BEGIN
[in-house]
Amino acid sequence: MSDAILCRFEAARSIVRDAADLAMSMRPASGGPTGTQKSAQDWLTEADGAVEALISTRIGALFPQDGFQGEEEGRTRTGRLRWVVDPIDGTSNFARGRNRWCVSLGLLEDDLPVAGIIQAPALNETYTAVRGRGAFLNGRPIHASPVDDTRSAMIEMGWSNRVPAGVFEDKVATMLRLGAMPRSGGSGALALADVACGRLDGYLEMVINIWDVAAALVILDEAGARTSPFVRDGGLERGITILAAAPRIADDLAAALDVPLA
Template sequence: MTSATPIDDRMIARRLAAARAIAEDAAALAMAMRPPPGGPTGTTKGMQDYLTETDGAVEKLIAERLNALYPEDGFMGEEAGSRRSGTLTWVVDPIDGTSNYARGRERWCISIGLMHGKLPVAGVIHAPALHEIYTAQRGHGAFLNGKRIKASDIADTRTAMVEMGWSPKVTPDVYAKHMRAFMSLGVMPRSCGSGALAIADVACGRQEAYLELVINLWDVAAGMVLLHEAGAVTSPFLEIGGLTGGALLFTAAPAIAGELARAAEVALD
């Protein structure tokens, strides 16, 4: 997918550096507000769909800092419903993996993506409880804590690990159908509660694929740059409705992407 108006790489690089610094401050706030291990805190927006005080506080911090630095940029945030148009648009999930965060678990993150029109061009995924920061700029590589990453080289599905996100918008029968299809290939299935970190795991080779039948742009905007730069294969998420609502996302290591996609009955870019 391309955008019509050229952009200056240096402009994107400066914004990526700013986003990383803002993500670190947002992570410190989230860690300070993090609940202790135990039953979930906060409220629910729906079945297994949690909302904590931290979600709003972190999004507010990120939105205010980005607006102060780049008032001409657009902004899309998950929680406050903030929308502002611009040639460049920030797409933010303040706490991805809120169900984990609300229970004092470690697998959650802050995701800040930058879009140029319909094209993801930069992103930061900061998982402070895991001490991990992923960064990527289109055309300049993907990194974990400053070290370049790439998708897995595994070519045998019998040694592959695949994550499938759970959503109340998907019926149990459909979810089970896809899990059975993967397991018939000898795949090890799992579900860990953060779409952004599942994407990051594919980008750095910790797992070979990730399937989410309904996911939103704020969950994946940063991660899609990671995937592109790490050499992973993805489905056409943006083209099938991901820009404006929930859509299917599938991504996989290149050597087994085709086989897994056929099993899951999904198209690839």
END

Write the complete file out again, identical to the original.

[in-house]
Amino acid sequence: MSDAILCRFEAARSIVRDAADLAMSMRPASGGPTGTQKSAQDWLTEADGAVEALISTRIGALFPQDGFQGEEEGRTRTGRLRWVVDPIDGTSNFARGRNRWCVSLGLLEDDLPVAGIIQAPALNETYTAVRGRGAFLNGRPIHASPVDDTRSAMIEMGWSNRVPAGVFEDKVATMLRLGAMPRSGGSGALALADVACGRLDGYLEMVINIWDVAAALVILDEAGARTSPFVRDGGLERGITILAAAPRIADDLAAALDVPLA
Template sequence: MTSATPIDDRMIARRLAAARAIAEDAAALAMAMRPPPGGPTGTTKGMQDYLTETDGAVEKLIAERLNALYPEDGFMGEEAGSRRSGTLTWVVDPIDGTSNYARGRERWCISIGLMHGKLPVAGVIHAPALHEIYTAQRGHGAFLNGKRIKASDIADTRTAMVEMGWSPKVTPDVYAKHMRAFMSLGVMPRSCGSGALAIADVACGRQEAYLELVINLWDVAAGMVLLHEAGAVTSPFLEIGGLTGGALLFTAAPAIAGELARAAEVALD
């Protein structure tokens, strides 16, 4: 997918550096507000769909800092419903993996993506409880804590690990159908509660694929740059409705992407 108006790489690089610094401050706030291990805190927006005080506080911090630095940029945030148009648009999930965060678990993150029109061009995924920061700029590589990453080289599905996100918008029968299809290939299935970190795991080779039948742009905007730069294969998420609502996302290591996609009955870019 391309955008019509050229952009200056240096402009994107400066914004990526700013986003990383803002993500670190947002992570410190989230860690300070993090609940202790135990039953979930906060409220629910729906079945297994949690909302904590931290979600709003972190999004507010990120939105205010980005607006102060780049008032001409657009902004899309998950929680406050903030929308502002611009040639460049920030797409933010303040706490991805809120169900984990609300229970004092470690697998959650802050995701800040930058879009140029319909094209993801930069992103930061900061998982402070895991001490991990992923960064990527289109055309300049993907990194974990400053070290370049790439998708897995595994070519045998019998040694592959695949994550499938759970959503109340998907019926149990459909979810089970896809899990059975993967397991018939000898795949090890799992579900860990953060779409952004599942994407990051594919980008750095910790797992070979990730399937989410309904996911939103704020969950994946940063991660899609990671995937592109790490050499992973993805489905056409943006083209099938991901820009404006929930859509299917599938991504996989290149050597087994085709086989897994056929099993899951999904198209690839």